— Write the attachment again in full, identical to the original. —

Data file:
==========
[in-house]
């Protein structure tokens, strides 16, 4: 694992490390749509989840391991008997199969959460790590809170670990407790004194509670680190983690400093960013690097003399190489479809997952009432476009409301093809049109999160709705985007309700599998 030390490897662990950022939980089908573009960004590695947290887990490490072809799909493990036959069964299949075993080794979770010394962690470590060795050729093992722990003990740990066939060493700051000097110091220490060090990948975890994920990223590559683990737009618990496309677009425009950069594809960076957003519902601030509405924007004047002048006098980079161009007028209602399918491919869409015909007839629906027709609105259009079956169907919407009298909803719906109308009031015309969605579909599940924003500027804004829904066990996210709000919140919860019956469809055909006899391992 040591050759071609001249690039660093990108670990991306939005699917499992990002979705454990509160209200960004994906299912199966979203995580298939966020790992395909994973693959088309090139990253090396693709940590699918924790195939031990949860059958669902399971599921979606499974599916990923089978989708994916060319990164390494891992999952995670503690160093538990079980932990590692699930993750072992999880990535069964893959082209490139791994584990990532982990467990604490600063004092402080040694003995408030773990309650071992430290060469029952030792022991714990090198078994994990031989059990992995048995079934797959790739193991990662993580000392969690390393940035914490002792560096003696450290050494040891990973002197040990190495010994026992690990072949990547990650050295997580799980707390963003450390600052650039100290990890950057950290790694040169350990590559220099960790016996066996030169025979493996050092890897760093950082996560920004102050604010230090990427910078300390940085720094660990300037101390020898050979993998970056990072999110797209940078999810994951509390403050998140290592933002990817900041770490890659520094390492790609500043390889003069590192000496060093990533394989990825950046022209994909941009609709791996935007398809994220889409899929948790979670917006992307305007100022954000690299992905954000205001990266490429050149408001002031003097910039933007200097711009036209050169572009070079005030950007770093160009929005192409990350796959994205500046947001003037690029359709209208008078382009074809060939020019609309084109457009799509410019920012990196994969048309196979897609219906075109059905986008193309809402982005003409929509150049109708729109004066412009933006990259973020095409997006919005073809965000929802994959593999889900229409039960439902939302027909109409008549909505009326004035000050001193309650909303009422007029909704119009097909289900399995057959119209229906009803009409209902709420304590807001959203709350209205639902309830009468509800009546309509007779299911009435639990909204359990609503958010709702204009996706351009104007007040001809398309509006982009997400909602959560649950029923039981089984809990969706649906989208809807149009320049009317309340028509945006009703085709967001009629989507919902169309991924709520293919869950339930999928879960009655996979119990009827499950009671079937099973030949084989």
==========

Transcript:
[in-house]
């Protein structure tokens, strides 16, 4: 694992490390749509989840391991008997199969959460790590809170670990407790004194509670680190983690400093960013690097003399190489479809997952009432476009409301093809049109999160709705985007309700599998 030390490897662990950022939980089908573009960004590695947290887990490490072809799909493990036959069964299949075993080794979770010394962690470590060795050729093992722990003990740990066939060493700051000097110091220490060090990948975890994920990223590559683990737009618990496309677009425009950069594809960076957003519902601030509405924007004047002048006098980079161009007028209602399918491919869409015909007839629906027709609105259009079956169907919407009298909803719906109308009031015309969605579909599940924003500027804004829904066990996210709000919140919860019956469809055909006899391992 040591050759071609001249690039660093990108670990991306939005699917499992990002979705454990509160209200960004994906299912199966979203995580298939966020790992395909994973693959088309090139990253090396693709940590699918924790195939031990949860059958669902399971599921979606499974599916990923089978989708994916060319990164390494891992999952995670503690160093538990079980932990590692699930993750072992999880990535069964893959082209490139791994584990990532982990467990604490600063004092402080040694003995408030773990309650071992430290060469029952030792022991714990090198078994994990031989059990992995048995079934797959790739193991990662993580000392969690390393940035914490002792560096003696450290050494040891990973002197040990190495010994026992690990072949990547990650050295997580799980707390963003450390600052650039100290990890950057950290790694040169350990590559220099960790016996066996030169025979493996050092890897760093950082996560920004102050604010230090990427910078300390940085720094660990300037101390020898050979993998970056990072999110797209940078999810994951509390403050998140290592933002990817900041770490890659520094390492790609500043390889003069590192000496060093990533394989990825950046022209994909941009609709791996935007398809994220889409899929948790979670917006992307305007100022954000690299992905954000205001990266490429050149408001002031003097910039933007200097711009036209050169572009070079005030950007770093160009929005192409990350796959994205500046947001003037690029359709209208008078382009074809060939020019609309084109457009799509410019920012990196994969048309196979897609219906075109059905986008193309809402982005003409929509150049109708729109004066412009933006990259973020095409997006919005073809965000929802994959593999889900229409039960439902939302027909109409008549909505009326004035000050001193309650909303009422007029909704119009097909289900399995057959119209229906009803009409209902709420304590807001959203709350209205639902309830009468509800009546309509007779299911009435639990909204359990609503958010709702204009996706351009104007007040001809398309509006982009997400909602959560649950029923039981089984809990969706649906989208809807149009320049009317309340028509945006009703085709967001009629989507919902169309991924709520293919869950339930999928879960009655996979119990009827499950009671079937099973030949084989």